“The UK tourism industry has benefited considerably from the collective tightening of purse-strings by households up and down the country, with the result that during the recession, more domestic holidays than ever before were taken.”
– Michael Oliver, Senior Leisure & Media Analyst
This report examines holidays taken in the UK by UK residents. These must constitute a stay of at least one night and do not include business trips, visits to stay with friends and relatives or stays solely for events such as weddings or funerals.
An adult, for the purposes of Mintel’s research, is anyone aged 16 or over.
The standard travel and tourism definitions used in the terminology of this report are as follows:
- tourism is any travel, which involves an overnight stay away from home.
- a holiday is a subjectively defined form of tourism, as defined by the tourist in response to surveys such as IPS, GBTS or UKTS. A holiday can be distinguished from other leisure travel such as visits to friends and relatives (VFR) or shopping trips.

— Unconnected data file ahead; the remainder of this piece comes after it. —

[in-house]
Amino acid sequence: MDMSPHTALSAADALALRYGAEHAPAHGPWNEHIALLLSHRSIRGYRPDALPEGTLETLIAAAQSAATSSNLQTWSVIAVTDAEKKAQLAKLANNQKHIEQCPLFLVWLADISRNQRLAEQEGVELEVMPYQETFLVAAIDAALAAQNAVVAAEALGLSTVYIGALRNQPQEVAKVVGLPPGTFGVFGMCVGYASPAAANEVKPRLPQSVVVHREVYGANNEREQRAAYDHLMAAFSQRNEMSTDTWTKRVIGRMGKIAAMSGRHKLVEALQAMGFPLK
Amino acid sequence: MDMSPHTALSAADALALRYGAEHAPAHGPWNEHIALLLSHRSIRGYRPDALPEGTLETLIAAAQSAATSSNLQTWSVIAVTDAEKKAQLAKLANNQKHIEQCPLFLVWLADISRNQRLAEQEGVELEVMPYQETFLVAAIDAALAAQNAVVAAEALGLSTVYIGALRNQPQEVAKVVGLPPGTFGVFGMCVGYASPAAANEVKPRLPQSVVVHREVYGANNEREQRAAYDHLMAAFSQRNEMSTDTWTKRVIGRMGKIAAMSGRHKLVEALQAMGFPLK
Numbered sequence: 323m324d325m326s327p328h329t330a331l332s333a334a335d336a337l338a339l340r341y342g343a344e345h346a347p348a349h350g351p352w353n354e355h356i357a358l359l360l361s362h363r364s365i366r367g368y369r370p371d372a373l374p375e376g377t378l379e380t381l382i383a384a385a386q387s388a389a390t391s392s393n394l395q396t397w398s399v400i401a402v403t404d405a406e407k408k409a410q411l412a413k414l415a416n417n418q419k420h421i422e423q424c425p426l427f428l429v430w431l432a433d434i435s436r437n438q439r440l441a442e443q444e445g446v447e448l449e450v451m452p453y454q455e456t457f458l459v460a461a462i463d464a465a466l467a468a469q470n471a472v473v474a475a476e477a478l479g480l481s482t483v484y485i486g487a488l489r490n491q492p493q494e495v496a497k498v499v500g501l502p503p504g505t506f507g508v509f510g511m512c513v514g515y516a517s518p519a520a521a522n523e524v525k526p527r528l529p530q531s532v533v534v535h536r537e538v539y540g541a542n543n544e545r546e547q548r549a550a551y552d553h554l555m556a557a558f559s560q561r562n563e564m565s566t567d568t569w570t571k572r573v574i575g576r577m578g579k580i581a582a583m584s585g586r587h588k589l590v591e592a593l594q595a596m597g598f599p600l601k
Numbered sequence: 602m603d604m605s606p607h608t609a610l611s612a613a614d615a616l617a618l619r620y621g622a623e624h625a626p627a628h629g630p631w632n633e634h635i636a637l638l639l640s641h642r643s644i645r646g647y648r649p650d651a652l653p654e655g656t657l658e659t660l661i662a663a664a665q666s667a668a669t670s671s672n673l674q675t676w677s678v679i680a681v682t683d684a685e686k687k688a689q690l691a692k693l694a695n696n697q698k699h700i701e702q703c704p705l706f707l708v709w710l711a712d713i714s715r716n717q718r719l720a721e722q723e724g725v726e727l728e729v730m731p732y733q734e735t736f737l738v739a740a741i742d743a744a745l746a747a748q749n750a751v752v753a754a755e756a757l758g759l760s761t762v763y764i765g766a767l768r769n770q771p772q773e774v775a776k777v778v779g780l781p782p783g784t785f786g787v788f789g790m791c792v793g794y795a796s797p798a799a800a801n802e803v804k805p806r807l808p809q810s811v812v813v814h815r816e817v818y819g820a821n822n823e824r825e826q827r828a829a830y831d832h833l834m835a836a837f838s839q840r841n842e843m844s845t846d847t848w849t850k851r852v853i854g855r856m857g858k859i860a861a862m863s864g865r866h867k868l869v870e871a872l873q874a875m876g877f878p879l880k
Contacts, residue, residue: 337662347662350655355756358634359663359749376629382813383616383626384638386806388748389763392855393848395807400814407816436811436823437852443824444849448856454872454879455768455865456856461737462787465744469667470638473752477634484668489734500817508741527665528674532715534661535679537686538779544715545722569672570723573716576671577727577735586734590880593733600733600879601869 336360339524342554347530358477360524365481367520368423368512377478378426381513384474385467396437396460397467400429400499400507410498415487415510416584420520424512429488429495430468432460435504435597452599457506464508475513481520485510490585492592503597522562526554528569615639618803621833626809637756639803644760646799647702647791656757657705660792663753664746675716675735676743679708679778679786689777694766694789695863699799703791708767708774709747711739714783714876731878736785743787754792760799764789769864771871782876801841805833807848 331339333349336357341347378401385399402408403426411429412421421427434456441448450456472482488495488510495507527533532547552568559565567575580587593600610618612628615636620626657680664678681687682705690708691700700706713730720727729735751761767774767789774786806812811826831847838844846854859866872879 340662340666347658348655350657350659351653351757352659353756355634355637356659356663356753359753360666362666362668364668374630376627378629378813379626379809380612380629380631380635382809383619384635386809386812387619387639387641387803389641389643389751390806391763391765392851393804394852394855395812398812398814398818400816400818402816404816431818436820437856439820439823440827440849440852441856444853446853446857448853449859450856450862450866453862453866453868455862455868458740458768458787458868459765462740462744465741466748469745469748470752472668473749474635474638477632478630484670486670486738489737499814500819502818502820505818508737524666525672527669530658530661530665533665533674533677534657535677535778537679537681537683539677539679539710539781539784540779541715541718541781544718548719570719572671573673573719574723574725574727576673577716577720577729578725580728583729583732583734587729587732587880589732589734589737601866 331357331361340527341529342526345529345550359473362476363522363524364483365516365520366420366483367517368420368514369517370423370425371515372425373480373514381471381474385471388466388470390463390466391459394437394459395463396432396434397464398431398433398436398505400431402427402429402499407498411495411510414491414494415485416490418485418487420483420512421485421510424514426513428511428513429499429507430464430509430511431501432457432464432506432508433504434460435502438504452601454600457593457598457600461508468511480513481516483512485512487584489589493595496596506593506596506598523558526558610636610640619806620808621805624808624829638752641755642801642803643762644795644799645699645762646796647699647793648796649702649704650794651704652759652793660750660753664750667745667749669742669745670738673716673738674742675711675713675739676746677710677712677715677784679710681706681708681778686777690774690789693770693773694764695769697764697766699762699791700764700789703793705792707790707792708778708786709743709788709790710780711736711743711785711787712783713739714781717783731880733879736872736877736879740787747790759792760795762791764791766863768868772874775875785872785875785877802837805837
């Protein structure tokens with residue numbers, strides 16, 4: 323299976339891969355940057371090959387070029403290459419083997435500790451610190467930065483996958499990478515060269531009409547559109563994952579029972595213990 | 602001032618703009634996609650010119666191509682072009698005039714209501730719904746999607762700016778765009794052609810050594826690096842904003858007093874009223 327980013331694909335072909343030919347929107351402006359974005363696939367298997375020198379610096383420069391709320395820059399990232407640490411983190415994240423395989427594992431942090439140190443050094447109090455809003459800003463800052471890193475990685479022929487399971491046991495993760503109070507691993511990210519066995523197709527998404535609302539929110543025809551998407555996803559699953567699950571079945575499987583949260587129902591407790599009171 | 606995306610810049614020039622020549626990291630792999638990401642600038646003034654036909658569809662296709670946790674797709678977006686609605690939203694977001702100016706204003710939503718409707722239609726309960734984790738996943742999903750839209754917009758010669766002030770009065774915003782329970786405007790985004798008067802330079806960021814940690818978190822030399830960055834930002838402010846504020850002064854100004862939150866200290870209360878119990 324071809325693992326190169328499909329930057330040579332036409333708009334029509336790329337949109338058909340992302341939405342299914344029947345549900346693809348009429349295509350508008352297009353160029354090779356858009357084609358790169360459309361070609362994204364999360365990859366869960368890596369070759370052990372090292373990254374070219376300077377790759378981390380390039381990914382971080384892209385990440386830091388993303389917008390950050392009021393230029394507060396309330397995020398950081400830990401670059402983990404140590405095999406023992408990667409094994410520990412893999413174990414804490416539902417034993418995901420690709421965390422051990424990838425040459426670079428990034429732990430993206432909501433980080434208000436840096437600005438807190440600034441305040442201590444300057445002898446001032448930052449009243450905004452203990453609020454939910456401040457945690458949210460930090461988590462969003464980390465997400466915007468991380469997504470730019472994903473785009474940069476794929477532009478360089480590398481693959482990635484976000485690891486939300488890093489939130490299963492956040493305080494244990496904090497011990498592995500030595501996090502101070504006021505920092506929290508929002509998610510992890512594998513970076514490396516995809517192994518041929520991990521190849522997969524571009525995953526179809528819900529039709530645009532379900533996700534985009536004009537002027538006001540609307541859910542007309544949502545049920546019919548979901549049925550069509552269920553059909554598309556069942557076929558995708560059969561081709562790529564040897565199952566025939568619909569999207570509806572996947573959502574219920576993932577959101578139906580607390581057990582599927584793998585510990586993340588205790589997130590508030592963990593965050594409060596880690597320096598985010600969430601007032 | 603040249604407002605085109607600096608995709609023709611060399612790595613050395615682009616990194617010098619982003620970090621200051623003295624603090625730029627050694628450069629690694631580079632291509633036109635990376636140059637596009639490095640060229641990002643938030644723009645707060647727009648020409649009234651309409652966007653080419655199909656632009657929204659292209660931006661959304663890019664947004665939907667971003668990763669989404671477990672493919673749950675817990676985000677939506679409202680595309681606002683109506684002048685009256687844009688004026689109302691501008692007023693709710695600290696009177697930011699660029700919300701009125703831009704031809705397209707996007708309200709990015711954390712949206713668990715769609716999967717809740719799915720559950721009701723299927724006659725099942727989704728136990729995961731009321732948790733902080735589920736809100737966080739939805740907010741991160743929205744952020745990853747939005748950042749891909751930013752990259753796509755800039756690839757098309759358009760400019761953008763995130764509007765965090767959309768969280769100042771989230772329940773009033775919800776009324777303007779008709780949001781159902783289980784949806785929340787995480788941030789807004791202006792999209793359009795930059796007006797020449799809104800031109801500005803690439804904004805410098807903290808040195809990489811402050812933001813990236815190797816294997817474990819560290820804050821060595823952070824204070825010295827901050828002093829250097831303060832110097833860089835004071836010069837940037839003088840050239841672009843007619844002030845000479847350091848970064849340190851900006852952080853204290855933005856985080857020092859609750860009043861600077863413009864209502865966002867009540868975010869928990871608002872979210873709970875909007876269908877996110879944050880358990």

- a long holiday is a holiday of four nights or more away from home; a short break is a holiday that involves one to three nights away from home.
- short-haul refers to air holidays within Europe, dominated by flights to Mediterranean resorts but including the Canary Islands, which are treated as a part of the Spanish market. Long-haul, therefore, refers to holidays outside Europe.
- an inclusive tour, or package holiday, is defined as the simultaneous sale of at least two elements of a holiday to the traveller: fares on public transport (eg flights) and commercial accommodation (eg hotel or self-catering apartment). Other elements, such as meals or excursions, are not essential to the definition of an inclusive tour. The term ‘all-inclusive’ is used to describe a special type of resort holiday in which food, drink, excursions and other services are provided as part of the total holiday cost.